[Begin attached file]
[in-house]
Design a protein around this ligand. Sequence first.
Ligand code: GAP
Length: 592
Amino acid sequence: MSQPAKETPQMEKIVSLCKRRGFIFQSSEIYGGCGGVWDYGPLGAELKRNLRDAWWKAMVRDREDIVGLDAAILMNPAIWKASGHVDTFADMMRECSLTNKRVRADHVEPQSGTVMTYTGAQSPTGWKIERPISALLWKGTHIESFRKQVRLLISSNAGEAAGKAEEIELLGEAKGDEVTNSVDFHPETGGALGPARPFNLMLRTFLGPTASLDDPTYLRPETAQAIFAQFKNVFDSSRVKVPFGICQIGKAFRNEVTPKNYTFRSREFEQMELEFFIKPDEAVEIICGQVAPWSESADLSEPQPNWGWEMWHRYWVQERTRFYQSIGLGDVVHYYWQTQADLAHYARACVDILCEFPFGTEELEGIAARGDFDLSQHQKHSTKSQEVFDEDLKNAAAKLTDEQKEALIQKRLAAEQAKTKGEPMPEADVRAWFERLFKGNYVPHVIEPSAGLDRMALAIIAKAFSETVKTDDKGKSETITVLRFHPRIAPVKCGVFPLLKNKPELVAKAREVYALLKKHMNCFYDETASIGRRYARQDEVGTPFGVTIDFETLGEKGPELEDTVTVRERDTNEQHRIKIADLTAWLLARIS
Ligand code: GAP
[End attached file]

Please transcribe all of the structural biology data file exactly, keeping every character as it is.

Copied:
[in-house]
Design a protein around this ligand. Sequence first.
Ligand code: GAP
Length: 592
Amino acid sequence: MSQPAKETPQMEKIVSLCKRRGFIFQSSEIYGGCGGVWDYGPLGAELKRNLRDAWWKAMVRDREDIVGLDAAILMNPAIWKASGHVDTFADMMRECSLTNKRVRADHVEPQSGTVMTYTGAQSPTGWKIERPISALLWKGTHIESFRKQVRLLISSNAGEAAGKAEEIELLGEAKGDEVTNSVDFHPETGGALGPARPFNLMLRTFLGPTASLDDPTYLRPETAQAIFAQFKNVFDSSRVKVPFGICQIGKAFRNEVTPKNYTFRSREFEQMELEFFIKPDEAVEIICGQVAPWSESADLSEPQPNWGWEMWHRYWVQERTRFYQSIGLGDVVHYYWQTQADLAHYARACVDILCEFPFGTEELEGIAARGDFDLSQHQKHSTKSQEVFDEDLKNAAAKLTDEQKEALIQKRLAAEQAKTKGEPMPEADVRAWFERLFKGNYVPHVIEPSAGLDRMALAIIAKAFSETVKTDDKGKSETITVLRFHPRIAPVKCGVFPLLKNKPELVAKAREVYALLKKHMNCFYDETASIGRRYARQDEVGTPFGVTIDFETLGEKGPELEDTVTVRERDTNEQHRIKIADLTAWLLARIS
Ligand code: GAP